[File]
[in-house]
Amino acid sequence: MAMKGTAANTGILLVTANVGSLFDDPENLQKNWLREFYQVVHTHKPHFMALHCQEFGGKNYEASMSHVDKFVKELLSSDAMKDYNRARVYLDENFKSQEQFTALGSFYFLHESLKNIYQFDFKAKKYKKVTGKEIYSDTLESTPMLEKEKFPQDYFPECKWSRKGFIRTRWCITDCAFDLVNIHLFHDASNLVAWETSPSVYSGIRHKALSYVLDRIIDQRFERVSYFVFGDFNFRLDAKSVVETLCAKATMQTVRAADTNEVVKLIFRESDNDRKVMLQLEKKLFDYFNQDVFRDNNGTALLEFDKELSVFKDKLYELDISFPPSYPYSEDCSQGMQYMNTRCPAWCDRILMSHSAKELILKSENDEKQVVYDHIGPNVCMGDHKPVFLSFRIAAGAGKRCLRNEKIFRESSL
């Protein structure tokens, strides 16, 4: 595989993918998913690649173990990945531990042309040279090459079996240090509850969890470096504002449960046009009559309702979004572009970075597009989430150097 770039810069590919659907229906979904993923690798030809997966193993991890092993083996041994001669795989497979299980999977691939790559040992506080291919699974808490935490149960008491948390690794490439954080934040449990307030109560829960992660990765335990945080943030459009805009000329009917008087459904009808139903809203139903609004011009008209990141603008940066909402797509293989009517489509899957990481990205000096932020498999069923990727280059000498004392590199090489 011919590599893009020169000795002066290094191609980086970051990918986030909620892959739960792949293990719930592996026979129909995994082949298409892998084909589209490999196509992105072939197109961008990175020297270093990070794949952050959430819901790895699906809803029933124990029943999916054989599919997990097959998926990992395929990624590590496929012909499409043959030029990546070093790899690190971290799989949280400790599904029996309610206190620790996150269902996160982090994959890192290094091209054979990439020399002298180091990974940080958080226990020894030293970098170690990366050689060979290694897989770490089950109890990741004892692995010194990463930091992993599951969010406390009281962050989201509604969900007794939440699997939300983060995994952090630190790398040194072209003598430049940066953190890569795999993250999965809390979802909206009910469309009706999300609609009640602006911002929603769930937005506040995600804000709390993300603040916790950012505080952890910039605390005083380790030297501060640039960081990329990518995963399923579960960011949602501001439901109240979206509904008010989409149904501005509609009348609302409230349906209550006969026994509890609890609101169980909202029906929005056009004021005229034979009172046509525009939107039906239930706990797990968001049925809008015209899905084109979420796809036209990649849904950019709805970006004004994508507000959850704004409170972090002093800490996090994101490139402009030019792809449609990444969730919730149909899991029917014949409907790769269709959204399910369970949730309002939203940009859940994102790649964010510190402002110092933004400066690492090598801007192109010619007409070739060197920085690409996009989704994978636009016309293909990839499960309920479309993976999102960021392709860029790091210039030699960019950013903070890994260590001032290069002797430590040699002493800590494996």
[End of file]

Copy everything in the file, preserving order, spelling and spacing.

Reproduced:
[in-house]
Amino acid sequence: MAMKGTAANTGILLVTANVGSLFDDPENLQKNWLREFYQVVHTHKPHFMALHCQEFGGKNYEASMSHVDKFVKELLSSDAMKDYNRARVYLDENFKSQEQFTALGSFYFLHESLKNIYQFDFKAKKYKKVTGKEIYSDTLESTPMLEKEKFPQDYFPECKWSRKGFIRTRWCITDCAFDLVNIHLFHDASNLVAWETSPSVYSGIRHKALSYVLDRIIDQRFERVSYFVFGDFNFRLDAKSVVETLCAKATMQTVRAADTNEVVKLIFRESDNDRKVMLQLEKKLFDYFNQDVFRDNNGTALLEFDKELSVFKDKLYELDISFPPSYPYSEDCSQGMQYMNTRCPAWCDRILMSHSAKELILKSENDEKQVVYDHIGPNVCMGDHKPVFLSFRIAAGAGKRCLRNEKIFRESSL
């Protein structure tokens, strides 16, 4: 595989993918998913690649173990990945531990042309040279090459079996240090509850969890470096504002449960046009009559309702979004572009970075597009989430150097 770039810069590919659907229906979904993923690798030809997966193993991890092993083996041994001669795989497979299980999977691939790559040992506080291919699974808490935490149960008491948390690794490439954080934040449990307030109560829960992660990765335990945080943030459009805009000329009917008087459904009808139903809203139903609004011009008209990141603008940066909402797509293989009517489509899957990481990205000096932020498999069923990727280059000498004392590199090489 011919590599893009020169000795002066290094191609980086970051990918986030909620892959739960792949293990719930592996026979129909995994082949298409892998084909589209490999196509992105072939197109961008990175020297270093990070794949952050959430819901790895699906809803029933124990029943999916054989599919997990097959998926990992395929990624590590496929012909499409043959030029990546070093790899690190971290799989949280400790599904029996309610206190620790996150269902996160982090994959890192290094091209054979990439020399002298180091990974940080958080226990020894030293970098170690990366050689060979290694897989770490089950109890990741004892692995010194990463930091992993599951969010406390009281962050989201509604969900007794939440699997939300983060995994952090630190790398040194072209003598430049940066953190890569795999993250999965809390979802909206009910469309009706999300609609009640602006911002929603769930937005506040995600804000709390993300603040916790950012505080952890910039605390005083380790030297501060640039960081990329990518995963399923579960960011949602501001439901109240979206509904008010989409149904501005509609009348609302409230349906209550006969026994509890609890609101169980909202029906929005056009004021005229034979009172046509525009939107039906239930706990797990968001049925809008015209899905084109979420796809036209990649849904950019709805970006004004994508507000959850704004409170972090002093800490996090994101490139402009030019792809449609990444969730919730149909899991029917014949409907790769269709959204399910369970949730309002939203940009859940994102790649964010510190402002110092933004400066690492090598801007192109010619007409070739060197920085690409996009989704994978636009016309293909990839499960309920479309993976999102960021392709860029790091210039030699960019950013903070890994260590001032290069002797430590040699002493800590494996």